A Rare Double Foliot Japanese Striking Lantern Clock.
This Japanese lantern is very original and made circa 1780. The double foliot is designed so that one foliot works for daylight hours whilst the other one switches over for night time hours. The reason behind this is the lost art of timekeeping that the Japanese used for many hundreds of years. The Japanese divided day and night, with the day commencing at dusk and finishing at dusk, however they only used six hours for daylight and six hours for night time. Therefore the daylight hours would usually be longer than the night ones, resulting in the second foliot moving more rapidly than the day foliot. The timing was divided into twenty eight cycles in a year with each cycle lasting two weeks. Therefore the timing would change every two weeks. To add to this extraordinary system, the Japanese counted backwards from 9, making 9 our midday and then counting 8,7,6,5,4 with the numbers 3,2 and 1 not being used, so the next number after 4 would be 9.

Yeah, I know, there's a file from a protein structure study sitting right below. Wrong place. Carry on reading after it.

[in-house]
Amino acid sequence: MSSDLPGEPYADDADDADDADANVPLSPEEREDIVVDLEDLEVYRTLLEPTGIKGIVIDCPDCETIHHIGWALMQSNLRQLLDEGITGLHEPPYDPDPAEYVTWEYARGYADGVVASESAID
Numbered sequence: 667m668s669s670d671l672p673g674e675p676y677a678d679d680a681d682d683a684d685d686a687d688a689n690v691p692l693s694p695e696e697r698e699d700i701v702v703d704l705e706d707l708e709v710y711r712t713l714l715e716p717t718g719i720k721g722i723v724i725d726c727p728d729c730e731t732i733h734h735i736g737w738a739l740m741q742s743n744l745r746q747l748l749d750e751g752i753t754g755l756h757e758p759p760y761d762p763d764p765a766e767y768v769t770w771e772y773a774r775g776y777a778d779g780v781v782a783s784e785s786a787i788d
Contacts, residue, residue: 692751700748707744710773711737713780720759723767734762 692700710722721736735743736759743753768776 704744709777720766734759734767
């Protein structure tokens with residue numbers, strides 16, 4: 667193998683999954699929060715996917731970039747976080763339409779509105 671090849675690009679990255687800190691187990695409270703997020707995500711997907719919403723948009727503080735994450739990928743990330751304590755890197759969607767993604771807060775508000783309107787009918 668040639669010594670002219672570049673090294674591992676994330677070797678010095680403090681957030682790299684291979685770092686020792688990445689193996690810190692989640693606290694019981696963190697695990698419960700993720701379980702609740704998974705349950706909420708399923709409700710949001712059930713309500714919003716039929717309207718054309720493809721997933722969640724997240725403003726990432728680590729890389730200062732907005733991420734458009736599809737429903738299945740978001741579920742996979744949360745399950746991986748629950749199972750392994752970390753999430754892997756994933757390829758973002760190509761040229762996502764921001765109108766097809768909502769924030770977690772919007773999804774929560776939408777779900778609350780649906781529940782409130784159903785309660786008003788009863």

These clocks had a common term, Daimyo, meaning noble as only the wealthy and monks could afford them. Lantern clocks were called Kake-dokei and Hashira-dokei.